156 Global South Asians

Although it is possible to get some broad idea of the dimensions of
inward monetary ¬‚ows of different kinds, and their macro-economic sig-
ni¬cance to the economies of South Asia, we know comparatively little
about the impact of diaspora money when it is spent directly by individ-
uals and families in the regions of the subcontinent where their families
originated. More research needs to be done in South Asia to assess the
impact of immediate diasporic connections to complement the few case
studies there are. More investigation has been done on the Bangladeshi
experience than elsewhere.8 Here distinct regions such as Sylhet and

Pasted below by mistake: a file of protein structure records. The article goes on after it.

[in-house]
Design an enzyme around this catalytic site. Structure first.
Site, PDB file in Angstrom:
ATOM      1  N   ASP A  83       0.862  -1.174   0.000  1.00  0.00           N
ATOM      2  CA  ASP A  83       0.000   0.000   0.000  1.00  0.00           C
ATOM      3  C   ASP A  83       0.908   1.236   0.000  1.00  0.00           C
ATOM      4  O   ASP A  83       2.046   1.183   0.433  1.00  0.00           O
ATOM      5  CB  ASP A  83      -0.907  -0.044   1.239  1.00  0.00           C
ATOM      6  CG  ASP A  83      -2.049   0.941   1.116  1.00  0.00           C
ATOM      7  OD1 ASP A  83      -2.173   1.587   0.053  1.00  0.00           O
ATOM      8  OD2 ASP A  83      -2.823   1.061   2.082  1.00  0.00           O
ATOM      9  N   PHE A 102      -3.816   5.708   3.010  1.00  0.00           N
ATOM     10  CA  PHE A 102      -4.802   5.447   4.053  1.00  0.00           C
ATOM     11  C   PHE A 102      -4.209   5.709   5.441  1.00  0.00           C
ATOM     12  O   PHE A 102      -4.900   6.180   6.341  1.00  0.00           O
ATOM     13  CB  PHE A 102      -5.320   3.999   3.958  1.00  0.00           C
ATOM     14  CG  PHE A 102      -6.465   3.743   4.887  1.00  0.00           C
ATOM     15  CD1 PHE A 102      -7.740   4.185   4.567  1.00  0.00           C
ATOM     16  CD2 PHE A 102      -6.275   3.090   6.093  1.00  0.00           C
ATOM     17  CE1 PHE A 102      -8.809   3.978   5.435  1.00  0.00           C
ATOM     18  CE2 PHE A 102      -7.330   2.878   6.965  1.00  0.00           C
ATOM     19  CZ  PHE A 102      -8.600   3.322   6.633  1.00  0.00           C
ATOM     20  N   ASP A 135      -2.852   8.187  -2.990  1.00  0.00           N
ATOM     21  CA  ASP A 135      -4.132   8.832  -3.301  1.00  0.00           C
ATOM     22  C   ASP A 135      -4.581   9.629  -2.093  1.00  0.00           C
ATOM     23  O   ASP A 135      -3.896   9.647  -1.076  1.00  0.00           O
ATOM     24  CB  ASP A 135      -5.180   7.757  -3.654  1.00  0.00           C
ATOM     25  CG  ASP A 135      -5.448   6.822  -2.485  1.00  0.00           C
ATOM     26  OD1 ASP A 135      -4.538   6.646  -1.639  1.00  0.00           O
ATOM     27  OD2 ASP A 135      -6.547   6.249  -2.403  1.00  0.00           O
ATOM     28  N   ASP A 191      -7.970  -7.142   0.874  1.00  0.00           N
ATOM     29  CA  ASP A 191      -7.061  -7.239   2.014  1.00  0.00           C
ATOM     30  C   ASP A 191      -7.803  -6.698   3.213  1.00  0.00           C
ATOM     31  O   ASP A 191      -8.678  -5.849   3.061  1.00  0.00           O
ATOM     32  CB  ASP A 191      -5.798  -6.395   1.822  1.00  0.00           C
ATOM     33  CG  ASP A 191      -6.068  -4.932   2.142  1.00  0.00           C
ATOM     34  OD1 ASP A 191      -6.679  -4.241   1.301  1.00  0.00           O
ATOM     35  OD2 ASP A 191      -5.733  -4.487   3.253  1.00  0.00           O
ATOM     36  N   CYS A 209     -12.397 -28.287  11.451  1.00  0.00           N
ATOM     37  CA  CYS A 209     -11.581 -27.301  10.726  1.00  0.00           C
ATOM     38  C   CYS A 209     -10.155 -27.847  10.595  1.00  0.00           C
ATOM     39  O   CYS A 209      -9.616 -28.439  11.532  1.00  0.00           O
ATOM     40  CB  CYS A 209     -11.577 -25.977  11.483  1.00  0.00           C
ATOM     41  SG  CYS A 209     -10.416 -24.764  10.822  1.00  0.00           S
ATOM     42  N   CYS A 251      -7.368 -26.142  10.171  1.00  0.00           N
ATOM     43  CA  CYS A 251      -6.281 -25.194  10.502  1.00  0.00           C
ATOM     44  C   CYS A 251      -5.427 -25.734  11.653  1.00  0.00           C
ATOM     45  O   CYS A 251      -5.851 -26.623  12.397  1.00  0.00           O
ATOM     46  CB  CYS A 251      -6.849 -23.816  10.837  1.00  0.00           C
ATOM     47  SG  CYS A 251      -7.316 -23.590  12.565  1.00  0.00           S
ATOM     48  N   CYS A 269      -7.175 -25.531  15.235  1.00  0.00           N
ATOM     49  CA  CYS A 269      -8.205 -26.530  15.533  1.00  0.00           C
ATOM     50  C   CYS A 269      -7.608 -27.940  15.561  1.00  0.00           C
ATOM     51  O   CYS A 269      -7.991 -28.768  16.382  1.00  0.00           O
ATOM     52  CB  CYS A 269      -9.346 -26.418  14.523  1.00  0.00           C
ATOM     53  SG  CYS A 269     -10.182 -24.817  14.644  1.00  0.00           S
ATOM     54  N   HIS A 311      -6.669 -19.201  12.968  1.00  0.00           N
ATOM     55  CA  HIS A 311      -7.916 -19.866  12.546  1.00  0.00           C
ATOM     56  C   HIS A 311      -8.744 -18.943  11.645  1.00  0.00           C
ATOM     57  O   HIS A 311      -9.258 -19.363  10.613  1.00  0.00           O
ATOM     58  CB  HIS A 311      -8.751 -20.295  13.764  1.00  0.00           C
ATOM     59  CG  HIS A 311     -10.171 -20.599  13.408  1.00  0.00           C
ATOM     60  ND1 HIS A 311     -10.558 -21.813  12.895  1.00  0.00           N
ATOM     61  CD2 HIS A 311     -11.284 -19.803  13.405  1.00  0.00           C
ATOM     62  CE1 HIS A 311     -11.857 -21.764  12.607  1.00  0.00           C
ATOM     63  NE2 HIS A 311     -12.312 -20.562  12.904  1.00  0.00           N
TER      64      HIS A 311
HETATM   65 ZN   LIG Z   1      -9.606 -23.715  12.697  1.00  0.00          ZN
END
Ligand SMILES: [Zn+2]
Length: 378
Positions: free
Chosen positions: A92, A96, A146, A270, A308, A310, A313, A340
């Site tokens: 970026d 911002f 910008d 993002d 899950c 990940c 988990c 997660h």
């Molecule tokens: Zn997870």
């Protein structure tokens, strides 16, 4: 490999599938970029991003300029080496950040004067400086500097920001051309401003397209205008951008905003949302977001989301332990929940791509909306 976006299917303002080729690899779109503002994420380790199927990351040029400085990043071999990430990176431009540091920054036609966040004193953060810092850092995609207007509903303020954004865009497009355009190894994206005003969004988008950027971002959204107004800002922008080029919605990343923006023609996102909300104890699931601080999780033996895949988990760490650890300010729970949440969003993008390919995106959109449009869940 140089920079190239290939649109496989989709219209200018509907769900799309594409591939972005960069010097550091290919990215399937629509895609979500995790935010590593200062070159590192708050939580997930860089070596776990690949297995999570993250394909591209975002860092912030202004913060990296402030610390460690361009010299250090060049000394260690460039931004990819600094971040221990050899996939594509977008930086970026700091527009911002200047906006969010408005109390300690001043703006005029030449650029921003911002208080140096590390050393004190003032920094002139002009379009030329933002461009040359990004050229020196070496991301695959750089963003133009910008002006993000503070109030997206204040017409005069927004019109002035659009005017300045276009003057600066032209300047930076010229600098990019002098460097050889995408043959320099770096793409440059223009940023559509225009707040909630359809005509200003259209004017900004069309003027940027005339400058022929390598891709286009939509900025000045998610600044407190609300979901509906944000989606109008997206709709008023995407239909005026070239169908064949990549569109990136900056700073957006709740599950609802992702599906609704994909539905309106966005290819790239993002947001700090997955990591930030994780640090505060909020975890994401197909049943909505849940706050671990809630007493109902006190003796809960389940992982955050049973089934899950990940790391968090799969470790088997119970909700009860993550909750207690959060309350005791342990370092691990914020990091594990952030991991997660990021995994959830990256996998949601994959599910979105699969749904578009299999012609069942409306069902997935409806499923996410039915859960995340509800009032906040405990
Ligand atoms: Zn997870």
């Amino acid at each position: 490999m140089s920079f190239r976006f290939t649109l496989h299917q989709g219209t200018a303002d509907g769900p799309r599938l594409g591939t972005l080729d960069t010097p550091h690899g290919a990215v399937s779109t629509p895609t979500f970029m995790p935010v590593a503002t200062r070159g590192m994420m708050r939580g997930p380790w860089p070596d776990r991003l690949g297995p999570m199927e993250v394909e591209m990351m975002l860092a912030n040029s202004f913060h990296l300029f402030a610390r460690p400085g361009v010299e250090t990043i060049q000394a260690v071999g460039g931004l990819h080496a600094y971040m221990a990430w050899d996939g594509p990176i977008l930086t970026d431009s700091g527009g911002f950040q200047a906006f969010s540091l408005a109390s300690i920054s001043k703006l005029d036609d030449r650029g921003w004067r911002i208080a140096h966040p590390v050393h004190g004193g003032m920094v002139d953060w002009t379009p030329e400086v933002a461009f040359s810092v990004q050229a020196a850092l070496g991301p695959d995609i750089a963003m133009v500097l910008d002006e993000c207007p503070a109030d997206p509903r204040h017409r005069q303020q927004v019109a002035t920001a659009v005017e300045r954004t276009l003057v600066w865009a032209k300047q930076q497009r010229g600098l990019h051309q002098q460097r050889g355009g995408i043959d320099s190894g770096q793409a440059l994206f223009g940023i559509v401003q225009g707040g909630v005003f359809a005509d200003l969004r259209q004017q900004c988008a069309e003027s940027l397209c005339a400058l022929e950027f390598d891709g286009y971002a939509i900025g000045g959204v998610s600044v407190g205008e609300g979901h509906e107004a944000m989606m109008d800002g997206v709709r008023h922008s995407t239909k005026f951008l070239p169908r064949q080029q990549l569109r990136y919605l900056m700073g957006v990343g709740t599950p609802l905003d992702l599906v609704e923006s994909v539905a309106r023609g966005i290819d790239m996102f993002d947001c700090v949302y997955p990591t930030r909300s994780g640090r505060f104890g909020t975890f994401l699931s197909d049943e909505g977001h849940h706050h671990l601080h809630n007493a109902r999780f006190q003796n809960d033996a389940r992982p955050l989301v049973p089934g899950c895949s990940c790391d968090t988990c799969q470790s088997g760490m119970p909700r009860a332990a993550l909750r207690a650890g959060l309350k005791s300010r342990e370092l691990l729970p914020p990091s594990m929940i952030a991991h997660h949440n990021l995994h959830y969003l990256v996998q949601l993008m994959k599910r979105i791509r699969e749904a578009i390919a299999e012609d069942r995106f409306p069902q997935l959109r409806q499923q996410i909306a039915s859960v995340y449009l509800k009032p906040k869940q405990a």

Chittagong have been heavily involved in outward migration and much
of the impact is localised and clear. Diaspora money seems to be spent
most of all on the purchase of land, which has traditionally been the
source of local power and status, and as security for the future, and also
on the building of big, new houses, again marks of status. A smaller
proportion is spent on making ¬xed deposits, repaying loans and invest-
ing in business; while the rest goes, in descending order, on paying for
weddings, buying equipment, vehicles and consumer durables, getting
medical treatment, making gifts to relatives, and educating children. A
similar pattern of spending is evident in the ˜home village™ of many Jat
Sikh families who migrated from India to Gravesend, Kent, in the UK.
There also are to be found expensive, new multi-storey houses with all
modern conveniences, though these are often not inhabited for much of